In this study, we fabricated 0.95(K0.5Na0.5)NbO3-0.05BaTiO3 ceramics that were different particle sizes by changing the secondary milling time after calcination. We then, investigated the effects of particle size on the dielectric and piezoelectric properties.
K2CO3 ( Junsei Chemical, Japan, 99.0%), Na2CO3 (Kanto Chemical, Japan, 99.5%), Nb2O5 (Junsei Chemical, Japan, 99.9%), BaCO3 (Kanto Chemical, Japan, 99.0%), and TiO2 (Hanawa Chemical, Japan, 99.0%) were used as raw materials to prepare 0.95(K0.5Na0.5)NbO3-0.05BaTiO3 (KNN-BT) ceramics using the conventional mixed oxide method. The powders were mixed by ball-milling in ethanol for 24 hr and dried in an oven at 100℃ for 24 hr. The dried powders were calcined at 900℃ for 24 hr and the calcined powders were underwent secondary milling for 0 hr, 24 hr, 48 hr and 72 hr to investigate the effects of particle size on the dielectric and piezoelectric properties of KNN-BT ceramics. The calcined and secondary milled powders were mixed with a 3 wt% polyvinyl alcohol (PVA) solution, and then compacted at a 1.5 ton pressure to form the pellets with a size of 15.8 mm in diameter and 2mm in thickness. The disks were sintered at 1,200℃ for 2 hr with a rising rate of 3℃/min at atmospheric pressure. In addition, silver pastes were fired on both surfaces of the sintered specimens at 600℃ for 30 min for the electrodes. Subsequently, the specimens were poled in a silicon oil bath at 100℃ by applying a DC field of 3 kV/mm for 30 min.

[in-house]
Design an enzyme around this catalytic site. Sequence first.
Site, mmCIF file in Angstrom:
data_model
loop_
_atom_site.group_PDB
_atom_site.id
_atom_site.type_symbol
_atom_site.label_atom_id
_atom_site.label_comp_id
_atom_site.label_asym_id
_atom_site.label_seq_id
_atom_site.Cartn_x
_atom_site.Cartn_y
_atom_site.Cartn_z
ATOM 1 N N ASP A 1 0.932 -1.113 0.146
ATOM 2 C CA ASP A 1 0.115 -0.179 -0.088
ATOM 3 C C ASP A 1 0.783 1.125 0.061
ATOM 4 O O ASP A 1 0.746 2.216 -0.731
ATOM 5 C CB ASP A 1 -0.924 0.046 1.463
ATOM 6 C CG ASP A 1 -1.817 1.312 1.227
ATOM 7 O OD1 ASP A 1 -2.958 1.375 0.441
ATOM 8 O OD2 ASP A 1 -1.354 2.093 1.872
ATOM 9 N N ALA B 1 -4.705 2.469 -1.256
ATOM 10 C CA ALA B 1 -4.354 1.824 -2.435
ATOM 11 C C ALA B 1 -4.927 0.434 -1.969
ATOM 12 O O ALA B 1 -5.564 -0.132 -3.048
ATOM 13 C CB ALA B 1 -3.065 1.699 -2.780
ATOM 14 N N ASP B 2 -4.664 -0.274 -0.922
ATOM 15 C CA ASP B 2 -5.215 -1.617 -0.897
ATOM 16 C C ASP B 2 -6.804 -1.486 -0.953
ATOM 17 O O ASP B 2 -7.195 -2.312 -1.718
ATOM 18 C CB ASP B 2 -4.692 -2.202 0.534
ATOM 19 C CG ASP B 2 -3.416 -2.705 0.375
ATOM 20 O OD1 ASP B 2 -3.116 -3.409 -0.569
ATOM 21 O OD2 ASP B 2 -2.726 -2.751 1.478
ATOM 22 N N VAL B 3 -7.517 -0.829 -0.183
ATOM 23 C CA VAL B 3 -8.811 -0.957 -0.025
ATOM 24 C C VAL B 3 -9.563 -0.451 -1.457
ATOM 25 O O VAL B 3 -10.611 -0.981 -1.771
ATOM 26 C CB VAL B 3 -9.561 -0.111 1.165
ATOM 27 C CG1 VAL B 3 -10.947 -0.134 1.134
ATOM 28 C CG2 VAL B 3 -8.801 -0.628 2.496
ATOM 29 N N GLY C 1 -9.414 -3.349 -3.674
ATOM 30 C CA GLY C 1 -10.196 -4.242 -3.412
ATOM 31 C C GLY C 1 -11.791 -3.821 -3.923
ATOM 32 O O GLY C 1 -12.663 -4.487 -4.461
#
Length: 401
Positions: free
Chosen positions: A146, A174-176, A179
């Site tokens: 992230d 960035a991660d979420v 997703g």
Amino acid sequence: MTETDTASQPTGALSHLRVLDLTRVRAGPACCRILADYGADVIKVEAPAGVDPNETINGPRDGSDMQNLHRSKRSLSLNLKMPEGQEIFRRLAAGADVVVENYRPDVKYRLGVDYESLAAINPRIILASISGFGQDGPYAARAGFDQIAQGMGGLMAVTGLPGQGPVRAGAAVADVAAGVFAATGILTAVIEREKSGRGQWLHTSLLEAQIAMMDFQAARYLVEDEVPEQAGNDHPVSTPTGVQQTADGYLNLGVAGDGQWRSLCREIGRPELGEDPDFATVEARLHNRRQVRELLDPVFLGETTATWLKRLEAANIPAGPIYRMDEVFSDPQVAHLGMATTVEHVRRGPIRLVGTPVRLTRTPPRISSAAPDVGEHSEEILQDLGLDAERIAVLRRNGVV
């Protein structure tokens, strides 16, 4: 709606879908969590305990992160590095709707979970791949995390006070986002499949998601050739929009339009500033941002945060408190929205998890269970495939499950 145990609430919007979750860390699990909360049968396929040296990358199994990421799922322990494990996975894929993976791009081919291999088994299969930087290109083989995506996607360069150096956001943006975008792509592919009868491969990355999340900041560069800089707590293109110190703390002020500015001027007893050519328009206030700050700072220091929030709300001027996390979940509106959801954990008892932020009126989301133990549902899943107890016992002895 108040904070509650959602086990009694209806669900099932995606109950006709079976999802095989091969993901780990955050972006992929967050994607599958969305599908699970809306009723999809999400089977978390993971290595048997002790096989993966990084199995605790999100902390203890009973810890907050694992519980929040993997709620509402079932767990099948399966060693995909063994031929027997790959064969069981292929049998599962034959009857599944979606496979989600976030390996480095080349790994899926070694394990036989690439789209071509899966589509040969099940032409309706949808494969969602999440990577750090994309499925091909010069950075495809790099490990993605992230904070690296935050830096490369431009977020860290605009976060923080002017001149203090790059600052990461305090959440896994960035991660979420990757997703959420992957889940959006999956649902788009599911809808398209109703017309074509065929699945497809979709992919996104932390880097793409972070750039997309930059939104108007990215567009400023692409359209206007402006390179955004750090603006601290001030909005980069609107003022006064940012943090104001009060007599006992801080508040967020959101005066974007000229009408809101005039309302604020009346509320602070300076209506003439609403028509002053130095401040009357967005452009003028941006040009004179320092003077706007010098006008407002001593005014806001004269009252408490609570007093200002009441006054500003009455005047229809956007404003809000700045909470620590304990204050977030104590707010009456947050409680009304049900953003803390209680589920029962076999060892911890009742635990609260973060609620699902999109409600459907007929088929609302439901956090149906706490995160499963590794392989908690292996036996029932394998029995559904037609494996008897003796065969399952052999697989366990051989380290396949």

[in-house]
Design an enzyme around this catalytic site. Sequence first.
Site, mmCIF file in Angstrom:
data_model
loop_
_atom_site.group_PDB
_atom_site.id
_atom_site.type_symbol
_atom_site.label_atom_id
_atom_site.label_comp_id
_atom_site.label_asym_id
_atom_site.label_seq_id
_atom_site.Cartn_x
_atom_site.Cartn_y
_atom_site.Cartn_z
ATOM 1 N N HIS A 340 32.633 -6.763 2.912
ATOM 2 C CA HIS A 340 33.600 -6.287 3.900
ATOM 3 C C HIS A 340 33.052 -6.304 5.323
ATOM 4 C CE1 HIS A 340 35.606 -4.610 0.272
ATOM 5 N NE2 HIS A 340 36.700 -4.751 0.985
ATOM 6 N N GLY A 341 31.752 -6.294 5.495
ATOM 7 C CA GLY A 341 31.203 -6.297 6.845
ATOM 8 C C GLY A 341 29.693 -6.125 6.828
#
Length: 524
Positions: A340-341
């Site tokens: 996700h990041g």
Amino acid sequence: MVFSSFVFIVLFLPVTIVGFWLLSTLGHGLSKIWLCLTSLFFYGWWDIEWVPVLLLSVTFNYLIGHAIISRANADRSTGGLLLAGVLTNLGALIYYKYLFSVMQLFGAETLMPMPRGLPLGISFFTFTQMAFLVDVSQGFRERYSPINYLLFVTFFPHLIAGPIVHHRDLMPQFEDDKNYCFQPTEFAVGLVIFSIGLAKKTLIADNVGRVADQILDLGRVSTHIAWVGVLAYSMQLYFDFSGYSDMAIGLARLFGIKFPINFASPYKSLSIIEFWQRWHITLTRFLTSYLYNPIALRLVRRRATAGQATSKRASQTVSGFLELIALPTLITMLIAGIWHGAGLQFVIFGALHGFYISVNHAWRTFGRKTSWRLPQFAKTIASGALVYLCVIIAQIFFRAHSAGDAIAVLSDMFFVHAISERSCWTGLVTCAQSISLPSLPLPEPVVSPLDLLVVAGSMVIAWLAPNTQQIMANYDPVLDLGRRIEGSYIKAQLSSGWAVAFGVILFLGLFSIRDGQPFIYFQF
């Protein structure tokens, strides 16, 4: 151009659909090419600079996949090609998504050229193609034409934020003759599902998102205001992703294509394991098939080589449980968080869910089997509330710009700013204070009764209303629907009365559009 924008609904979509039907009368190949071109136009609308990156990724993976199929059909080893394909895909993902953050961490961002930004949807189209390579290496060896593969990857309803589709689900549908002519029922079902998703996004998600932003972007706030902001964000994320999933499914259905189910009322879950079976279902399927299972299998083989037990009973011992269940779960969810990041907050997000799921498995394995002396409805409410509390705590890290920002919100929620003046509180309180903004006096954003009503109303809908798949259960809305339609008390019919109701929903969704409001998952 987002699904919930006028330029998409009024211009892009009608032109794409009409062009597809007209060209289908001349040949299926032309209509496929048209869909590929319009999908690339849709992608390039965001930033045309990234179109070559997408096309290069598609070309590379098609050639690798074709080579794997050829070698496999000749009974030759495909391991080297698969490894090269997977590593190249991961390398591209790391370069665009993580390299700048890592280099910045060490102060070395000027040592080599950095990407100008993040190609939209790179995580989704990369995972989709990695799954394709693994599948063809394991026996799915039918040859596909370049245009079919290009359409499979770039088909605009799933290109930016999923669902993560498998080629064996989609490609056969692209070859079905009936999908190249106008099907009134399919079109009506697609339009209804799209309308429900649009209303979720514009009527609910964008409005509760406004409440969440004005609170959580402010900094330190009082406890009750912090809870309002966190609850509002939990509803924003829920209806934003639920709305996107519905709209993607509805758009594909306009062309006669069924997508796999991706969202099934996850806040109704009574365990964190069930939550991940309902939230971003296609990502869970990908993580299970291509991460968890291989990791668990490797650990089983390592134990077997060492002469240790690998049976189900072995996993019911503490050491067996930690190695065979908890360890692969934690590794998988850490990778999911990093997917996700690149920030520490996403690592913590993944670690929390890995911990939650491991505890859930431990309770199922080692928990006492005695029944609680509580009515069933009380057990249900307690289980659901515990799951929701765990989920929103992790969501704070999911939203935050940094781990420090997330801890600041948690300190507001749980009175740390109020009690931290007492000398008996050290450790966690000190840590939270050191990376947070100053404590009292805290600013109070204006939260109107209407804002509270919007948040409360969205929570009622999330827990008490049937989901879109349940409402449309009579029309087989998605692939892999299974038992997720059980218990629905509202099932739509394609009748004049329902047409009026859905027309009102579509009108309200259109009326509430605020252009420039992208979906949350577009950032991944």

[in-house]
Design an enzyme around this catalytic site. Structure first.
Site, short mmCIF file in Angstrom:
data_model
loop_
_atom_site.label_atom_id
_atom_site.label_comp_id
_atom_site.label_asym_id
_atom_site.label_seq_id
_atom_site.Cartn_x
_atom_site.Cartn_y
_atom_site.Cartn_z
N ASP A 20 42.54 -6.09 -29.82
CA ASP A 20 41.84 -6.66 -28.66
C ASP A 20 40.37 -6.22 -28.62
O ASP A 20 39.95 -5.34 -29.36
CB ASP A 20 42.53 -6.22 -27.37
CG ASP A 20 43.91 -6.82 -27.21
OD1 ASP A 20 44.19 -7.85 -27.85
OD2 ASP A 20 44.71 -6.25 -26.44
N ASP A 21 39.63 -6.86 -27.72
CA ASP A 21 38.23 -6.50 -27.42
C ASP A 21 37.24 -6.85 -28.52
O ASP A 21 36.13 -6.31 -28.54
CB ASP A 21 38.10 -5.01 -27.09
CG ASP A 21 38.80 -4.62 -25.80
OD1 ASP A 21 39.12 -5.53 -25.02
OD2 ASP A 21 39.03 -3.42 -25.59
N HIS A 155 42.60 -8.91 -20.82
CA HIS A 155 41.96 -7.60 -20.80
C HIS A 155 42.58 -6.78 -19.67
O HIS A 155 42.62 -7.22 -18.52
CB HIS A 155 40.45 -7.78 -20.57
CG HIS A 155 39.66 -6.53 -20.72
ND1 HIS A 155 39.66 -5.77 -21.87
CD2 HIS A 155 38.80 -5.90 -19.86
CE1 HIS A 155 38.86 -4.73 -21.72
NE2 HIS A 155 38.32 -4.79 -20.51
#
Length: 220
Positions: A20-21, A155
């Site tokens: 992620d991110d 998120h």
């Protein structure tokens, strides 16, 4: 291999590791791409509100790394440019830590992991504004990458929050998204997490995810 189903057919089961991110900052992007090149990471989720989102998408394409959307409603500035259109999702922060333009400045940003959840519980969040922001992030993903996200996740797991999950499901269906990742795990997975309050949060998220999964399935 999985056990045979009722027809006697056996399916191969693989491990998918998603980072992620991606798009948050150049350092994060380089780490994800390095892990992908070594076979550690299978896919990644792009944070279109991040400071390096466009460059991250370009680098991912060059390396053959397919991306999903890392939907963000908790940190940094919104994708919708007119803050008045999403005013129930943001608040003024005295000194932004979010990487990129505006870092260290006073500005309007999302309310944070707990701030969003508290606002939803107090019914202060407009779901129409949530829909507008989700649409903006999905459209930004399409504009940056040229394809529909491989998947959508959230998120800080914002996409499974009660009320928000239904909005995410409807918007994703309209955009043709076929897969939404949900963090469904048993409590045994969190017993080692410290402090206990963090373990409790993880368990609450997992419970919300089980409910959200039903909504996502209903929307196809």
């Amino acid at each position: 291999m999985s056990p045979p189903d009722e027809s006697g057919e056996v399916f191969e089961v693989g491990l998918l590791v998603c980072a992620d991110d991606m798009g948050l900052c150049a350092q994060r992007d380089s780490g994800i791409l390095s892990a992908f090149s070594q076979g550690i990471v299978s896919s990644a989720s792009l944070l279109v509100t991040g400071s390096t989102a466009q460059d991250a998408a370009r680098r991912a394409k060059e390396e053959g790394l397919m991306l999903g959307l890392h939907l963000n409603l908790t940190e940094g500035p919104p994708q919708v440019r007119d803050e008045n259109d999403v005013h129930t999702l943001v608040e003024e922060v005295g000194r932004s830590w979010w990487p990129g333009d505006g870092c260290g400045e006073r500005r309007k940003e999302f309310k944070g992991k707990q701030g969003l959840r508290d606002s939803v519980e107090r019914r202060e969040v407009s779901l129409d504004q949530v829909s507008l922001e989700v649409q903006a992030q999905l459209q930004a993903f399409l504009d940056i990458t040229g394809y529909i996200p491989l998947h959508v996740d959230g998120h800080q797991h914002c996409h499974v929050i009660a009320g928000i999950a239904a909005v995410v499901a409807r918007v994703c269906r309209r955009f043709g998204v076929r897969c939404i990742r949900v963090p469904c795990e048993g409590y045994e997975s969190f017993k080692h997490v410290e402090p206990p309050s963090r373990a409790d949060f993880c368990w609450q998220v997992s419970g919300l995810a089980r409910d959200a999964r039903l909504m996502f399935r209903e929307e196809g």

The particle size of the powders after calcination and the secondary milling (0 hr, 24 hr, 48 hr, and 72 hr) process was analyzed by using a particle size analyzer (Cilas 1190, France). The bulk density of the sintered KNN-BT ceramics was measured and calculated using an Archimedes method. The crystal structures of all KNN-BT ceramics were examined by X-ray diffraction (XRD, Rigaku, Japan) with Cu Kα radiation (step:0.01°) to analyze the phases of the KNN-BT ceramics. A JSM-7001F scanning electron microscope (SEM, JEOL, Japan) was used for the microstructural analysis of the KNN-BT ceramics. The temperature dependence of the dielectric constant of the KNN-BT ceramics was examined using an LCR meter (Ando, AG-4303) in an electric furnace by measuring the capacitance in the range from room temperature to 500℃ and 1 kHz. The electromechanical coupling factor (